haskell,types,ghci,unification

Under any circumstances, which here implies: the function is never useful. This is actually a nice example of "theorems for free". Obviously, the type Ord t => [t] -> [a] doesn't make much sense, because the only list you can produce of a type [a] (you know nothing about a!)...

The type checker won't reduce natToChar because it isn't total - this is basically to prevent you using some partially defined function to prove something which isn't true. If you're writing this to work on data which turns up at run-time, possibly what you need is Dec or Maybe: natToChar...

Assume that _ is Y member(X, [Y|T]):- member(X, T). Then this is True regardless Y. Now you are "returning" member(X, T). In other words, you are discarding Y and "returning" member(X, T). _ means, whatever it is, ignore that variable. The _ is just like any other variable, except that...

haskell,types,ghci,unification

(flip .) is (.) flip, so: (.) :: (bx -> cx) -> (ax -> bx) -> ax -> cx flip :: (ay -> by -> cy) -> by -> ay -> cy In (.) flip, bx is ay -> by -> cy cx is by -> ay -> cy so...

algorithm,prolog,unification,iso-prolog

Third attempt. This is mainly a bugfix in a previous answer (which already had many modifications). Edit: 06/04/2015 When creating a more general term I was leaving both subterms as-is if either of them was a variable. Now I build a more general term for the "other" subterm in this...

haskell,types,ghci,unification

If we start with (.) :: (b -> c) -> (a -> b) -> (a -> c) zipWith :: (x -> y -> z) -> [x] -> [y] -> [z] uncurry :: (u -> v -> w) -> (u, v) -> w Then we match zipWith's type with (b ->...

haskell,functional-programming,ocaml,type-inference,unification

data F f = F (f F) On GHC 7.10.1, I get the message: kind.hs:1:17: Kind occurs check The first argument of ‘f’ should have kind ‘k0’, but ‘F’ has kind ‘(k0 -> k1) -> *’ In the type ‘f F’ In the definition of data constructor ‘F’ In the...

To start with the function fun xss = \f -> let ope x y = x . f . y in foldr1 ope xss I'll rewrite this as fun xss f = foldr1 ope xss where ope x y = x . f . y So we start with foldr1:...

Your correctly figured out the type of the (.) in (.) foldr. The (.) is applied to one argument (the foldr) so you can throw away the ((a2 -> b2 -> b2) -> (b2 -> [a2] -> b2)) and what remains is the type of (.) foldr: (a1 -> a2...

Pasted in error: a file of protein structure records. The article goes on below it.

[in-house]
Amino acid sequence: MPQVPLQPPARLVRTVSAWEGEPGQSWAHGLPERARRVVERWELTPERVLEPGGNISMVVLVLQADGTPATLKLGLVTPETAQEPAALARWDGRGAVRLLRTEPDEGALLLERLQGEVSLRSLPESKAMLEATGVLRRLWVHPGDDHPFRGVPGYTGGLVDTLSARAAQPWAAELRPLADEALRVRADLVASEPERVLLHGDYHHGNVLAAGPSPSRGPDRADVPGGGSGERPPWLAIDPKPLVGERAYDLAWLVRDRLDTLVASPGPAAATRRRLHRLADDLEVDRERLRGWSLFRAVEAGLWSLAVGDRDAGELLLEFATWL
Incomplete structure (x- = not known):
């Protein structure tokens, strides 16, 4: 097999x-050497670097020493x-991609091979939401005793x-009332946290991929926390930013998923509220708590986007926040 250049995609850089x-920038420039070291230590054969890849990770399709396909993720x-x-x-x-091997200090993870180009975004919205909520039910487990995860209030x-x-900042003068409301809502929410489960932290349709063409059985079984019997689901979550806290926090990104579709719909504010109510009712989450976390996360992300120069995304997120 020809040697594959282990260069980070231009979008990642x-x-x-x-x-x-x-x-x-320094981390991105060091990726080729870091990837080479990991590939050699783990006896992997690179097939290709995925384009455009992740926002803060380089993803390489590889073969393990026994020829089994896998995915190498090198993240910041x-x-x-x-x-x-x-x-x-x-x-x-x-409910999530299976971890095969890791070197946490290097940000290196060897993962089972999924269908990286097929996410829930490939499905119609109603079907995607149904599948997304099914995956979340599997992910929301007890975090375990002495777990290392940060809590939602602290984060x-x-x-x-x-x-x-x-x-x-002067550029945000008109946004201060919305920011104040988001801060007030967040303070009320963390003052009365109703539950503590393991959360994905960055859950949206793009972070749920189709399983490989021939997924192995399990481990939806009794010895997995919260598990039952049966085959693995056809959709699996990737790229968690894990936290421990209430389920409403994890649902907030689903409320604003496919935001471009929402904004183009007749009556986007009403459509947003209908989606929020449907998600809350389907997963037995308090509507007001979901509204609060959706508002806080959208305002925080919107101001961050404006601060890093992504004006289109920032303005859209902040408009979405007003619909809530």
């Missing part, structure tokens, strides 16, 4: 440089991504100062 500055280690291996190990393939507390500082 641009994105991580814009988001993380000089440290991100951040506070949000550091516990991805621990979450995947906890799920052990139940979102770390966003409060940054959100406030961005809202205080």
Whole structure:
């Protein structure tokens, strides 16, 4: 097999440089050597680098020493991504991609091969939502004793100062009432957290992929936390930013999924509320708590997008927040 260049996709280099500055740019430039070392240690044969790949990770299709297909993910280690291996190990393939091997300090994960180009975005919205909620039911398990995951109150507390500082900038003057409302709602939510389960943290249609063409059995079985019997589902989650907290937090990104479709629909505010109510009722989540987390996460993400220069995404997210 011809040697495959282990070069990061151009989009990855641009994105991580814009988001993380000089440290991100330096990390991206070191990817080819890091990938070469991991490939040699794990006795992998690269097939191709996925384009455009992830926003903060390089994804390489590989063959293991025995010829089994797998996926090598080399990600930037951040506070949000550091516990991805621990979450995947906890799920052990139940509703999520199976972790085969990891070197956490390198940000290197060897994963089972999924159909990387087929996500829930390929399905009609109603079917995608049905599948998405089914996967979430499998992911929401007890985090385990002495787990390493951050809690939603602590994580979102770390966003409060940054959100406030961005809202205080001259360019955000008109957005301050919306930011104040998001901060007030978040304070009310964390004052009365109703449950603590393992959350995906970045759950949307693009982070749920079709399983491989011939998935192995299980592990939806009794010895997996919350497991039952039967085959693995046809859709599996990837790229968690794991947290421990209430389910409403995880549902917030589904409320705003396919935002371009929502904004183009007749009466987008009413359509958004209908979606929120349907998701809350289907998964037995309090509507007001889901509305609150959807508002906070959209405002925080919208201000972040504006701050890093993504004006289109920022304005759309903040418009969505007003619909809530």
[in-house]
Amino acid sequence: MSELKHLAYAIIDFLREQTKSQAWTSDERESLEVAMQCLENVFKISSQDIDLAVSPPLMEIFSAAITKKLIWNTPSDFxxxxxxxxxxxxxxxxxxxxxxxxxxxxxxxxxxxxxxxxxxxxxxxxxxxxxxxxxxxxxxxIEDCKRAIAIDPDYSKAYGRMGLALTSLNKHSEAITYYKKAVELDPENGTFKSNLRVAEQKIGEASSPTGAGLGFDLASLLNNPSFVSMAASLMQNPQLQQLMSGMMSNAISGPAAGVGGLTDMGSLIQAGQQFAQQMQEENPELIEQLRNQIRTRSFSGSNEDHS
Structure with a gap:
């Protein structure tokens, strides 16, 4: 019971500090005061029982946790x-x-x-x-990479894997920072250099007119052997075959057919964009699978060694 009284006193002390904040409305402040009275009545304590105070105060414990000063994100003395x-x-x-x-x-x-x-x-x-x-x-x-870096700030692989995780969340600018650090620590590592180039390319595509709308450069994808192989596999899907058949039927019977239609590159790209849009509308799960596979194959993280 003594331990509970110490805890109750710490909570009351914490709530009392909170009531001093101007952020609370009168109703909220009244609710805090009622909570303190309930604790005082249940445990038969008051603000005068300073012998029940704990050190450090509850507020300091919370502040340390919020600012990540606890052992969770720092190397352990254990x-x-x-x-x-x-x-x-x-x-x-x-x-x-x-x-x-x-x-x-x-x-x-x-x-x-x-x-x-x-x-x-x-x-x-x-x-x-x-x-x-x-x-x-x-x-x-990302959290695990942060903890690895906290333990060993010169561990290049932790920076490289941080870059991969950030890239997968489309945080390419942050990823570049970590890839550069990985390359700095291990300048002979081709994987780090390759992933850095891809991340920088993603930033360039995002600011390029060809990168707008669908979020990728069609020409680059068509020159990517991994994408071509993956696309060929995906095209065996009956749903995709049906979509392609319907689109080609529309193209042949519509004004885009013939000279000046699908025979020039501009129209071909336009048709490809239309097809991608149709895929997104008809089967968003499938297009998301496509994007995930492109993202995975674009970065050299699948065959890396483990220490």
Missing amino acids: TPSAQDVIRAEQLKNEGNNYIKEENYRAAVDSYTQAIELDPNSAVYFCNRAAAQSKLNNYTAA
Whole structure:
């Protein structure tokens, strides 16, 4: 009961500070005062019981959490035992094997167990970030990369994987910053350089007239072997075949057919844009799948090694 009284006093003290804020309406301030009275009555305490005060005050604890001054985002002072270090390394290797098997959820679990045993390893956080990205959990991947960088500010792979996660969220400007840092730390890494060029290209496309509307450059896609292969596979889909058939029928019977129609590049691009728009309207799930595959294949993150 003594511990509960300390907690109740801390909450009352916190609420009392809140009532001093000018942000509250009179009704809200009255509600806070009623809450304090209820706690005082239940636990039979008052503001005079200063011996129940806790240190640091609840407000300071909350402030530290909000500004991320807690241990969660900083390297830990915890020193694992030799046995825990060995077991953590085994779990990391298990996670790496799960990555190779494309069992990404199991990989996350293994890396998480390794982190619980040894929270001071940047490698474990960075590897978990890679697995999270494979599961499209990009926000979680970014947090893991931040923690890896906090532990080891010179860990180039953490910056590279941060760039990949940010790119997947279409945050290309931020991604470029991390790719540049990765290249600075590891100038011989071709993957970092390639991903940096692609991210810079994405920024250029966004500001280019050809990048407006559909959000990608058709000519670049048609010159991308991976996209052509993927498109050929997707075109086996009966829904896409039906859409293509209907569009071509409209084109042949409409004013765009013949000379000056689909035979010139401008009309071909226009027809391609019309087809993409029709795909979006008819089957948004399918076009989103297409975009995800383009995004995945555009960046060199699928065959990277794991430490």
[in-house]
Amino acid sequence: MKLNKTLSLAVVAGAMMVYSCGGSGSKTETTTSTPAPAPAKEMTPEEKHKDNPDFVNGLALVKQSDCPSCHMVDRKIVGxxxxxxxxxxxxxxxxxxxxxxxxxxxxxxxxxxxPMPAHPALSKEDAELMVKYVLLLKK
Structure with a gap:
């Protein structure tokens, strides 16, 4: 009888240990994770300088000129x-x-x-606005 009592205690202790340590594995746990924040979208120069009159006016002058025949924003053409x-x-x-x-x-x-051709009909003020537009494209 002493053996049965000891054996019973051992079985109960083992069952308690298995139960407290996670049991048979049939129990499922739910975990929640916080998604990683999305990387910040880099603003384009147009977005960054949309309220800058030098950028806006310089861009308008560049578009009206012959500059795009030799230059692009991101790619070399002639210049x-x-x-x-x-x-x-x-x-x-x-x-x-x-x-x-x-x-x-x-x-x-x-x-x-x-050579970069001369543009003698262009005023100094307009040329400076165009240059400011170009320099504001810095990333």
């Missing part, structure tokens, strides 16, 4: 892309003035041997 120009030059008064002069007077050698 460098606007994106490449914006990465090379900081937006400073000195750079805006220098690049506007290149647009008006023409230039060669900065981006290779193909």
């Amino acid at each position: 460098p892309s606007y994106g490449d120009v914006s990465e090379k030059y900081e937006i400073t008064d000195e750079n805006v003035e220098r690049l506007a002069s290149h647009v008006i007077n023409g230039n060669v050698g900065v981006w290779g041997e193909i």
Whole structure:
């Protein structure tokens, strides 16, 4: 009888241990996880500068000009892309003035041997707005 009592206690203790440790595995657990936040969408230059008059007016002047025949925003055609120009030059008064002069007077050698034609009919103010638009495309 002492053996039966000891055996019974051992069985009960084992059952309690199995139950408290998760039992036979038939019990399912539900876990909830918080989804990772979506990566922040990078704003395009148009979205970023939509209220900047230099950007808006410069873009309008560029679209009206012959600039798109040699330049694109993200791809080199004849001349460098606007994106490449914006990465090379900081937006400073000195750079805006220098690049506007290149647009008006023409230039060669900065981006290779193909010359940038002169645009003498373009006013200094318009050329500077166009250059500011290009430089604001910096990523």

haskell,types,ghci,unification

In the final step, you mix up the argument oder. You unify b1 -> c1 with the type of map (:), but you should unify it with the type of foldr (++). More generally, you might want to learn how to debug such complicated calculations yourself. It is good that...

Your first answer, D = 1, Y = X accords with your first definition. I think you're expecting that when you quarry ?- test(func(X), Y, D). it should fail for the first definition, because the X and Y are different variables, but the first definition should only succeed if the...

haskell,typechecking,gadt,unification

This may be related to a feature left/right decomposition of coercions that was temporarily removed from GHC's type inference system in order to support more flexible ("unsaturated") type functions, and then reintroduced when it was found to have annoying effects like this.

Short story The Prolog book is probably old. The Prolog interpreter is most likely a lot newer. Also, your interpreter is smart enough to write a cyclic term very compactly. Longer story At the heart of Prolog's execution mechanism lies syntactic unification of terms. Unification has similarities with pattern matching....

parsing,unification,idris,decidable

The error message is correct: you provided a value of type Type, but you need a value of type p '0'. You are also correct that p is of type Char -> Type, and therefore that p '0' is of type Type. However, p '0' is not of type p...

If you truly want a string, you should use double-quotes: X="'*'". If you want to make a symbol, you can use atom_codes( X, "'*'" ). ...

logic,artificial-intelligence,substitution,unification,unify

Basically, Theta is a substitution that can make some set of terms you know to be true (the p's in the KB) equal to the ps in the rule, then you can conclude that q' (q with the same Theta applied to it) is also true. If that q' isn't...

haskell,types,ghci,unification

If you look at the type of (.) as (b2 -> c2) -> (a2 -> b2) -> (a2 -> c2) then b1 ~ (a2 -> b2) b1 ~ (a2 -> c2) so (b2 ~ c2) then you can see the type of (foldr (.)) is (a2 -> b2) -> [(b2...

haskell,types,ghci,unification

One way is to use asTypeOf:: a -> a -> a. As a function, asTypeOf isn't very interesting, but its type is nice: it forces its two arguments and its return type to unify. So: > :t asTypeOf (undefined :: Int -> Bool) (undefined :: a -> Bool) asTypeOf (undefined...

The approach below is not necessarily the easiest or fastest, but it's relatively systematic. Strictly speaking, you're looking for the type of \g -> (\ x -> let ys = (++) [x] (filter (curry g x) ys) in ys) (let and where are equivalent, but it's sometimes a little easier...

haskell,types,ghci,unification

The constraint a1 -> Bool ~ a2 -> Bool can be broken down to a1 ~ a2 and the obviously true Bool ~ Bool So you have a1 ~ a2. You already know that x is a1, xs is [a2] and, thanks to filter, the result type is [a2]. Therefore,...